Your children can usually tell when something is bothering you. As a parent, you want to protect your children-- but for them, sensing that something is wrong and not being able to talk to you about it, often causes a great deal of fear and worry. Talking to your children at a level that is right for their ages and personalities can help make both you and your children feel a greater sense of control during this difficult time. Have faith in your children’s ability to handle the news. Being truthful with your children will give them a better understanding of what you're going through and will give them the opportunity to share their feelings and concerns.
Some factors you may want to consider to help you talk with your child about your cancer are:
- Use words and ideas that are age-appropriate. Provide your child with information at a level that matches his or her ability to understand. You may need to give your child information more than once. If you have children of varying ages, you may need to approach the subject differently for each child.
- Use your child’s questions as a guide to what he or she wants to know. Consider your child’s style of coping. Preferences about the amount of information children want varies.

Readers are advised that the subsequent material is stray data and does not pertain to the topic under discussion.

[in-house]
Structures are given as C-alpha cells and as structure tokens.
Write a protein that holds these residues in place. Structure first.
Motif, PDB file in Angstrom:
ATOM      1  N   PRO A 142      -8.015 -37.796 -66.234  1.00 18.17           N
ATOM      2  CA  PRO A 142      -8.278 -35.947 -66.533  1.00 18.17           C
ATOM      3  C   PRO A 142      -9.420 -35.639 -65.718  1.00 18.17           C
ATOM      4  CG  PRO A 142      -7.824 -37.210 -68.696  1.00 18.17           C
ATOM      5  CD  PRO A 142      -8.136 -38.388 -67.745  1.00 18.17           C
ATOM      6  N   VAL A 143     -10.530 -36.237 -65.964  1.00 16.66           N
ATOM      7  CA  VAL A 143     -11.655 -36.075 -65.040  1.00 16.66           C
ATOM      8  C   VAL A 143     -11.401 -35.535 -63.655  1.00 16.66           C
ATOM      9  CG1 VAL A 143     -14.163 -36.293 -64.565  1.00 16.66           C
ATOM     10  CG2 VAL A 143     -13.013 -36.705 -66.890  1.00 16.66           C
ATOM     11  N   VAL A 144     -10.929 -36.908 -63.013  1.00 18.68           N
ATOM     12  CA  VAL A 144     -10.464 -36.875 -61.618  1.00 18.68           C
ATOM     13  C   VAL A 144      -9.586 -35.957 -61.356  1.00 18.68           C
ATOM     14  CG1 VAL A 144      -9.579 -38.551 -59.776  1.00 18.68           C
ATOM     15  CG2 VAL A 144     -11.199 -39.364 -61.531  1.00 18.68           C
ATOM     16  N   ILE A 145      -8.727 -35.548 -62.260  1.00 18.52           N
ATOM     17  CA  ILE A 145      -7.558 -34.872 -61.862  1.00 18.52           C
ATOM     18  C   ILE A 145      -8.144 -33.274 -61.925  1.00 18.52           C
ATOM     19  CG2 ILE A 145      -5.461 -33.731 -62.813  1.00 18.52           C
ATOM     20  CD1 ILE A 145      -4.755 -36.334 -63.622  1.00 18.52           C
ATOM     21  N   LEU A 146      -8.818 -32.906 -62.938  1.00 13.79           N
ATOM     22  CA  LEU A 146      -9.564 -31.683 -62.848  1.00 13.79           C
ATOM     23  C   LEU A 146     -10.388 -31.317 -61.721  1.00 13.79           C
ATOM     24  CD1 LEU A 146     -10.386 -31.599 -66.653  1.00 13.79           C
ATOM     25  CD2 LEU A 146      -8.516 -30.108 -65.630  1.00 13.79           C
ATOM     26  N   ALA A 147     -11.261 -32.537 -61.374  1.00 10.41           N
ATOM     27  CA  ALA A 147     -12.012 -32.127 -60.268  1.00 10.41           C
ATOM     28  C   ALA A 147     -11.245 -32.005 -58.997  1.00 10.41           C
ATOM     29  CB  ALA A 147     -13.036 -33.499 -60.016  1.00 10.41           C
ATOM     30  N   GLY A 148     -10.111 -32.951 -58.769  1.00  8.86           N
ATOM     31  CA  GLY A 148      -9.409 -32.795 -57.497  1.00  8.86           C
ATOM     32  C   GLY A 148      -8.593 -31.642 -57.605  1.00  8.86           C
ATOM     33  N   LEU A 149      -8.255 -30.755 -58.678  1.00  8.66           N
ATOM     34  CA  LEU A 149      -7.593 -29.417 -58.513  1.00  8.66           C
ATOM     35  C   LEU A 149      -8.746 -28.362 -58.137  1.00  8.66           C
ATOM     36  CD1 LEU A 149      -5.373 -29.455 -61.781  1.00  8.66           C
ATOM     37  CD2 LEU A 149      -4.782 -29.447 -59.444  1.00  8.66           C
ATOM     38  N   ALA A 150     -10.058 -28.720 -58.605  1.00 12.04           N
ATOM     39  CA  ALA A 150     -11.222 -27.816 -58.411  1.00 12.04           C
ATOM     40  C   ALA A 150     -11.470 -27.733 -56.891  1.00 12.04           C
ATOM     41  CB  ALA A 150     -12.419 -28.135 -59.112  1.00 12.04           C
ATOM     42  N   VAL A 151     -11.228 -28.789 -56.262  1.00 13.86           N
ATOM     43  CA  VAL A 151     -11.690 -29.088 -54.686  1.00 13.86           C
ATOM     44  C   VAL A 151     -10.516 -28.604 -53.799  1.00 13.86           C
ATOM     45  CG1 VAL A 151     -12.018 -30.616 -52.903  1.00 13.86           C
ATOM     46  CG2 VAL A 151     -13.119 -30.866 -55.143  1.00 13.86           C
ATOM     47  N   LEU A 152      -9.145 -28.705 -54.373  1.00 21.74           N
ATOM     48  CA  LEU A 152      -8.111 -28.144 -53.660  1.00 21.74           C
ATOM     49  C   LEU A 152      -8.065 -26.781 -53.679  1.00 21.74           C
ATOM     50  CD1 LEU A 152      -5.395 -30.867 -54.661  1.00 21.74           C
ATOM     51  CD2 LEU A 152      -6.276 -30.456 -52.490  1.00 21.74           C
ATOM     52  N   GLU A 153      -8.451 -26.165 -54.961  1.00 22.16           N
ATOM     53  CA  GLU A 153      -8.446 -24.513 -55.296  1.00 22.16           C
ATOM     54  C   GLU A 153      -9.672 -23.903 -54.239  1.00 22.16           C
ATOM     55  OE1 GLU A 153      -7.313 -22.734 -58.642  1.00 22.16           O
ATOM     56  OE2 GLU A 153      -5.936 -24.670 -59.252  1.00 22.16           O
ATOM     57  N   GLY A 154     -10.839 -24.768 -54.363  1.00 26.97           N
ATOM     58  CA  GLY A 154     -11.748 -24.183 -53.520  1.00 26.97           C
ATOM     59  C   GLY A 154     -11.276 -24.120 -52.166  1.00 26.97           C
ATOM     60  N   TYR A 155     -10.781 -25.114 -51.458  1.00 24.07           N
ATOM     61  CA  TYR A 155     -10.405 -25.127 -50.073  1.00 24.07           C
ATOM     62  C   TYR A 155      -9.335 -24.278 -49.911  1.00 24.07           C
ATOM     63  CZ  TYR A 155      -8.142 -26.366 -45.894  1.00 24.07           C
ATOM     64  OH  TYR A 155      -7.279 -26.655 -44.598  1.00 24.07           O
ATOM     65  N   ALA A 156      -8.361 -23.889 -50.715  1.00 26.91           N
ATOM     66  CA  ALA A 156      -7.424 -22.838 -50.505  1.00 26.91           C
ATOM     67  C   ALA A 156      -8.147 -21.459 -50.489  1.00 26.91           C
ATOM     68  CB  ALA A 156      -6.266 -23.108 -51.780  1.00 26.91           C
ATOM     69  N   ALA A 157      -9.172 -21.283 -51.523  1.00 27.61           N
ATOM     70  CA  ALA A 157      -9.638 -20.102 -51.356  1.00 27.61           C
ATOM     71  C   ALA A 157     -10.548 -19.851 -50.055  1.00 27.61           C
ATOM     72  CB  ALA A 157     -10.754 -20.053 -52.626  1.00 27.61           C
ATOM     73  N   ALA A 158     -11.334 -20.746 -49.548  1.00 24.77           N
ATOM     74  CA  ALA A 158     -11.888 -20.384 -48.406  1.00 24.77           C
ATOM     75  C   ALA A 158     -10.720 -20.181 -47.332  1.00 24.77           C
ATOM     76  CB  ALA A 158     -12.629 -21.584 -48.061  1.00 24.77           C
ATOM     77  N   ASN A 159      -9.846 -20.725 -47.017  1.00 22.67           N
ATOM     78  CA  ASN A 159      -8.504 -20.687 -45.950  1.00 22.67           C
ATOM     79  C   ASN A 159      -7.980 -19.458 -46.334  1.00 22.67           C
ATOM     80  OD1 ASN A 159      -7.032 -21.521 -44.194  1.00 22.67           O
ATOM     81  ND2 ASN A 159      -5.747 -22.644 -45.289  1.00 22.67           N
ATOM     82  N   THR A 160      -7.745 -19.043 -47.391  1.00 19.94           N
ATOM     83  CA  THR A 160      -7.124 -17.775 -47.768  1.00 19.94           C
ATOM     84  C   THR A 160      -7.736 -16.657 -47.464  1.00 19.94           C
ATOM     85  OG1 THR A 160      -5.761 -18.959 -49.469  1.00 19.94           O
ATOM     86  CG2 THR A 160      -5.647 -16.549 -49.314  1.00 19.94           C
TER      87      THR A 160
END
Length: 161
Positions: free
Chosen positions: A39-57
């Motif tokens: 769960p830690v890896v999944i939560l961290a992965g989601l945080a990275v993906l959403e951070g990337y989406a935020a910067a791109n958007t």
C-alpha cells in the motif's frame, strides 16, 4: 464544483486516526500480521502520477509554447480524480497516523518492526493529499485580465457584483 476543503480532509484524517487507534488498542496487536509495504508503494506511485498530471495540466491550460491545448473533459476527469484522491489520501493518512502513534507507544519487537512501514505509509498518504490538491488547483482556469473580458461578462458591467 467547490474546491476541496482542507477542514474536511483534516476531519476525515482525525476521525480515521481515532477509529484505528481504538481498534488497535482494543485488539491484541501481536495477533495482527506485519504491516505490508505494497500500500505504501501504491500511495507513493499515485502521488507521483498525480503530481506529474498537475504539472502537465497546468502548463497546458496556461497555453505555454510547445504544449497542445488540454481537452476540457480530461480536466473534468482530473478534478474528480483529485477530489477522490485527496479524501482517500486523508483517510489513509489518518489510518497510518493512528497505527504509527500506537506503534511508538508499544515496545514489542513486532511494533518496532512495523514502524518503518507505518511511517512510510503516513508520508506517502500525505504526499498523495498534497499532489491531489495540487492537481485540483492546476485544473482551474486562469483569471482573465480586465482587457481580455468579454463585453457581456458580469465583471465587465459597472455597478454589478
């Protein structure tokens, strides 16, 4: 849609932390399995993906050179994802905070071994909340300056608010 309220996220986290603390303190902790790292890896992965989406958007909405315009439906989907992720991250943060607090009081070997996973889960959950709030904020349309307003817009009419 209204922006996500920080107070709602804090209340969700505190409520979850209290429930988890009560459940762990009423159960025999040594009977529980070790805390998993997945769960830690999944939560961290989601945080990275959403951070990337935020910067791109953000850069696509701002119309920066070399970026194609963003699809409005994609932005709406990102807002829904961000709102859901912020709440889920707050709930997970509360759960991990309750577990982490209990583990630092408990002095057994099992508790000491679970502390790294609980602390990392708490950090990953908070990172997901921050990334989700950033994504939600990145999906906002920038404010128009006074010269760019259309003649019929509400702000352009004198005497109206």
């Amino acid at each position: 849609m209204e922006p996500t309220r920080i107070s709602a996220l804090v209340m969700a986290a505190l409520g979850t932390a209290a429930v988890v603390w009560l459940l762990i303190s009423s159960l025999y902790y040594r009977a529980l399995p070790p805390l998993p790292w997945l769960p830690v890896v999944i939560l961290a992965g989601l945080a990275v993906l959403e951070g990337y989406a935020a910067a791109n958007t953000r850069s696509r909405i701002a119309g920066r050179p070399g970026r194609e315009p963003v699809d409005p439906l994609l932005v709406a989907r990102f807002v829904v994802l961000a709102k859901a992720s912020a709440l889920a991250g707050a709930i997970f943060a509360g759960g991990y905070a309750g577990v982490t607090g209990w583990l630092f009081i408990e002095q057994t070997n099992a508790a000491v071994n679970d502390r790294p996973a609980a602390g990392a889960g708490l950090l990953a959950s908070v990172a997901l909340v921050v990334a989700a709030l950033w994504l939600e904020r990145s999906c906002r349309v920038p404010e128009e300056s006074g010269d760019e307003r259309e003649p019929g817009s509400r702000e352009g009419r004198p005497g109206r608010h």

- Encourage your child to talk about his or her fears and concerns. Children may have fears or concerns that hadn't crossed your mind. Let your child know it is okay to be open with you and encourage her or him to get information directly from you.
- Ask someone else to do the talking. There may be times when you feel it would be best for your child to talk with someone other than you. This could be another family member, friend, religious or spiritual advisor or a healthcare professional. A doctor, psychologist, nurse, social worker and/or a child life specialist on your healthcare team may be able to help you find the right words to talk to your child or you may want them to interact directly with your child.
- Remind your child of how much you love them. Explain that even if you're feeling cranky or tired, you still love them and always will. Take the opportunity to acknowledge and praise your child when he or she is doing things that are difficult.
Talk it out. No matter how much you prepare for the conversation, you may still have questions. If you're having trouble deciding how or if to tell your children, your healthcare team may be able to give you advice. You can also contact The Leukemia & Lymphoma Society (LLS) chapter in your area or an LLS Information Specialist (800-955-4572). Visit the LLS Blood Cancer Discussion Boards to speak with other parents. In addition visit www.lls.org to review our vast information for patients and caregivers, and contact national and local offices for additional support.